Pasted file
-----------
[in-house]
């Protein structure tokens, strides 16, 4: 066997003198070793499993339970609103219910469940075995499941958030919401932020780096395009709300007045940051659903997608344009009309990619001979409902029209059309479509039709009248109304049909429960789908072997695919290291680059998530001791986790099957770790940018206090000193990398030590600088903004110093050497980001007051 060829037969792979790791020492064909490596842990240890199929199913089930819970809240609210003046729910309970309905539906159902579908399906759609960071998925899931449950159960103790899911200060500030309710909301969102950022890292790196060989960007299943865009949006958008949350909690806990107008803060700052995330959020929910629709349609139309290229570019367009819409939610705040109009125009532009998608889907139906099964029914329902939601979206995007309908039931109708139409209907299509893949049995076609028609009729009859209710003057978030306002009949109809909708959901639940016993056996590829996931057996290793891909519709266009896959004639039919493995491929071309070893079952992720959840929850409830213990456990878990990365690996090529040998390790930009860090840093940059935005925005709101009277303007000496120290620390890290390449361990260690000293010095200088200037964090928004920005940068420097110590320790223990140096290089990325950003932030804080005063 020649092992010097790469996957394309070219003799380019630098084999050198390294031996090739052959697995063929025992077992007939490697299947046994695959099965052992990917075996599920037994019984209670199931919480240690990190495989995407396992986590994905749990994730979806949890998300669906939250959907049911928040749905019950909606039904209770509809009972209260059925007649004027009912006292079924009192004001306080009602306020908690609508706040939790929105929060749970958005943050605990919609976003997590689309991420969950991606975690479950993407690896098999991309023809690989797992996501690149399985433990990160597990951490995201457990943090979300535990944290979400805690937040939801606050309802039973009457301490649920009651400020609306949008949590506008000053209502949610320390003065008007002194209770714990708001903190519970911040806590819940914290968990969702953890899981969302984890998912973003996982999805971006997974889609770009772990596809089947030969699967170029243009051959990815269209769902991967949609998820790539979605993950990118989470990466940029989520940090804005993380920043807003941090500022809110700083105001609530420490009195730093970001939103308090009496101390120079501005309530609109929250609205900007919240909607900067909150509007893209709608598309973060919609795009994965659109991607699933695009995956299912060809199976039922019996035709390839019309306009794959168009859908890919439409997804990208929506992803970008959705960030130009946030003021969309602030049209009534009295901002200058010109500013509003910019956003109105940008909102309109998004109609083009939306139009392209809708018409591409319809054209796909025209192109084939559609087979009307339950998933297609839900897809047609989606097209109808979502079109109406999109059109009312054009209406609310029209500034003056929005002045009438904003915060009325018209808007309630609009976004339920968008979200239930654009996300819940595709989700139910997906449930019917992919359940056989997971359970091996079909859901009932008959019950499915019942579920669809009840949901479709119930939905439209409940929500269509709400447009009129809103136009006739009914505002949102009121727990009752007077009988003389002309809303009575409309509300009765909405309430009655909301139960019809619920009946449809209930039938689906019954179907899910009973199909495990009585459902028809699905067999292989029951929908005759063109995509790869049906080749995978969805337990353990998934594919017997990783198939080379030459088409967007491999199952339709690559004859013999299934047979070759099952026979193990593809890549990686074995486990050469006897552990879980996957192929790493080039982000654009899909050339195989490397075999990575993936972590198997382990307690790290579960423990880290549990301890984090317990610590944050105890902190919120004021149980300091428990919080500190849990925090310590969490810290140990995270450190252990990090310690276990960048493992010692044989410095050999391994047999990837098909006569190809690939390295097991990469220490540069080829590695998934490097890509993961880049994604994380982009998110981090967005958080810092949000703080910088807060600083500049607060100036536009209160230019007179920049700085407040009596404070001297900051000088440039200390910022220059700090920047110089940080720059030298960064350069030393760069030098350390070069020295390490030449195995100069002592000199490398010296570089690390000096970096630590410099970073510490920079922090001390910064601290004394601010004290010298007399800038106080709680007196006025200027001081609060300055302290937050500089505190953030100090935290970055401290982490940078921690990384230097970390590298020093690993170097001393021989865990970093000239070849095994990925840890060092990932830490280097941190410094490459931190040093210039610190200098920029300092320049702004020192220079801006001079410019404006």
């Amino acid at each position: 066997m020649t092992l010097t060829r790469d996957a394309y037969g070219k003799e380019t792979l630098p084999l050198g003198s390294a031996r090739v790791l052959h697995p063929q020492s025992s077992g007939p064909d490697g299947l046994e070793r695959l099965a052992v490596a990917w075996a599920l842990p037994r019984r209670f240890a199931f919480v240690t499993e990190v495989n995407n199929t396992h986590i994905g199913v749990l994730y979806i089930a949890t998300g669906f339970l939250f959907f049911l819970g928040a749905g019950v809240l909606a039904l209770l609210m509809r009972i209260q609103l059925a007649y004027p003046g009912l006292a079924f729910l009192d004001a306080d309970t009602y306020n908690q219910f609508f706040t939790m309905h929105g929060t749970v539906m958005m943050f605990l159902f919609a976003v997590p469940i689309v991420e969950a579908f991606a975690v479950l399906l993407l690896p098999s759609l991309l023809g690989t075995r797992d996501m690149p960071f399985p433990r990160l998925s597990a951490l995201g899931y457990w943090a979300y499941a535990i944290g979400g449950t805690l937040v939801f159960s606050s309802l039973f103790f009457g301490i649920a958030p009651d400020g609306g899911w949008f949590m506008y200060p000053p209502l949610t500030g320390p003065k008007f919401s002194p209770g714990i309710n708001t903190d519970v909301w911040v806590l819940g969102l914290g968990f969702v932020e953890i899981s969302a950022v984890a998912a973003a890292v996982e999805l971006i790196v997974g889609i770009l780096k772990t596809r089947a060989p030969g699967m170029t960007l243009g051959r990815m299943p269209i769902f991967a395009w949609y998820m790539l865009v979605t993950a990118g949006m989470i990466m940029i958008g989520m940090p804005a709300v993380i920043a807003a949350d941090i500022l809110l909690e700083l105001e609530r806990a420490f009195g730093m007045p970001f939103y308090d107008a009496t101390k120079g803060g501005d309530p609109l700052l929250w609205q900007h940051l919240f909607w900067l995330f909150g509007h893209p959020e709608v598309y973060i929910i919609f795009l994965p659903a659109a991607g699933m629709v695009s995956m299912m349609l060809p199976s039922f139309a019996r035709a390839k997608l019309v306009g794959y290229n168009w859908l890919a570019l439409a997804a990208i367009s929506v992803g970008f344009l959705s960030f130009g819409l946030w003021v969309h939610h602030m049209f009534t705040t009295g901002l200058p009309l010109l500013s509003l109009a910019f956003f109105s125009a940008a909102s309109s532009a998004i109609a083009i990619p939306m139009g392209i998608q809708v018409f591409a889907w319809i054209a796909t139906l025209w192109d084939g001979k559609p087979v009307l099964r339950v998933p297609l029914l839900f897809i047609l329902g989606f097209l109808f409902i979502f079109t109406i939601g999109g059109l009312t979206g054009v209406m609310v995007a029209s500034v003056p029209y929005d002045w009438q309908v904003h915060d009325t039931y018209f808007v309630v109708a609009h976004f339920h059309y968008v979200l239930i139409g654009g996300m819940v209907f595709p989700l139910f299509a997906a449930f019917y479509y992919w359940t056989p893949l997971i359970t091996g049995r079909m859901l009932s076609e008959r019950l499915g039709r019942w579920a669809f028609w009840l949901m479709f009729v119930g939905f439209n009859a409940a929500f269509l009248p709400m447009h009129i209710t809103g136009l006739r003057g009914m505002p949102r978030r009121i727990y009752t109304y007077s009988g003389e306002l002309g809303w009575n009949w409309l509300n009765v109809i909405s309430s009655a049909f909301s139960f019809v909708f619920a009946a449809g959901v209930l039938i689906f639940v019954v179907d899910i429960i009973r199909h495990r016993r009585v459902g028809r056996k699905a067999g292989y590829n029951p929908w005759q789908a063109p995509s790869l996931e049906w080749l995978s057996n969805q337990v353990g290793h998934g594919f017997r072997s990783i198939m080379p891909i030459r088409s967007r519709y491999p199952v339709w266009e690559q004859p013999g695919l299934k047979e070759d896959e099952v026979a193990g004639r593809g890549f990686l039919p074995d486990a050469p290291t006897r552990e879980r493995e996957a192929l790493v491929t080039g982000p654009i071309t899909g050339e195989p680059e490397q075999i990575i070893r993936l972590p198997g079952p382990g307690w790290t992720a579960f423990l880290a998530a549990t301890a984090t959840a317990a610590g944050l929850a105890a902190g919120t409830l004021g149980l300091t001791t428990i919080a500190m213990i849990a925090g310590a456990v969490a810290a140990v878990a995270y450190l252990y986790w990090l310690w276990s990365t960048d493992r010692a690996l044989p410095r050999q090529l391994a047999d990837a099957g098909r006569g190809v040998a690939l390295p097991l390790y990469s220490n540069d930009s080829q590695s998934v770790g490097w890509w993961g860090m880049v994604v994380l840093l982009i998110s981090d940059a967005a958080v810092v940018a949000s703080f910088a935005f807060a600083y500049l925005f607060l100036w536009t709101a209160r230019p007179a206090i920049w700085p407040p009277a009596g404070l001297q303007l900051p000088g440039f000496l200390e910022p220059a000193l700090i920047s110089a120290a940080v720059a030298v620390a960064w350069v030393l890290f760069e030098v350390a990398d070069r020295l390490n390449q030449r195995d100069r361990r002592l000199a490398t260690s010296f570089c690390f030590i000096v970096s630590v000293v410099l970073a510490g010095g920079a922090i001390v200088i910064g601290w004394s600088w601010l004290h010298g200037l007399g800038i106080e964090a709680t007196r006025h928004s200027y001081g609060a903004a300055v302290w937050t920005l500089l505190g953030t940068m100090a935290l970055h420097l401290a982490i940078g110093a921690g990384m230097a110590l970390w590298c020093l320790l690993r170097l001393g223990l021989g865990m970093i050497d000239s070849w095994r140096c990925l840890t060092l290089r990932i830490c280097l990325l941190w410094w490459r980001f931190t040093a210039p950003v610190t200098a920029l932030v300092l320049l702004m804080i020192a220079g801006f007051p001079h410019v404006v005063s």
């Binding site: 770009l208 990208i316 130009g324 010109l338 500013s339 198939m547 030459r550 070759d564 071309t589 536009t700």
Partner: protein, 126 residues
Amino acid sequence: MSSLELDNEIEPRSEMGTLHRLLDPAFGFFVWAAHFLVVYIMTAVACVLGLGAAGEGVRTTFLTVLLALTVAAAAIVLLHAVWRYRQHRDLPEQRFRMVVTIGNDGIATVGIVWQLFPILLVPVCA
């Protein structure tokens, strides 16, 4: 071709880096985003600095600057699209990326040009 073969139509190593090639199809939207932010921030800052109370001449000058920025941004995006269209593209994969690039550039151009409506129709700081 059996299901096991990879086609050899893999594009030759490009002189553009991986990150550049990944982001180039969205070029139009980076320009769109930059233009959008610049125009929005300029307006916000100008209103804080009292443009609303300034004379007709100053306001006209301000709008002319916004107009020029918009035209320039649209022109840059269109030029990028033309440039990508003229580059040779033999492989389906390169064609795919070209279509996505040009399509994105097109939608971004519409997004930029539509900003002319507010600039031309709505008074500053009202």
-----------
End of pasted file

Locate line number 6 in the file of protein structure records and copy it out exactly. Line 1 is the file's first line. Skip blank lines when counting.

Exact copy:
Amino acid sequence: MSSLELDNEIEPRSEMGTLHRLLDPAFGFFVWAAHFLVVYIMTAVACVLGLGAAGEGVRTTFLTVLLALTVAAAAIVLLHAVWRYRQHRDLPEQRFRMVVTIGNDGIATVGIVWQLFPILLVPVCA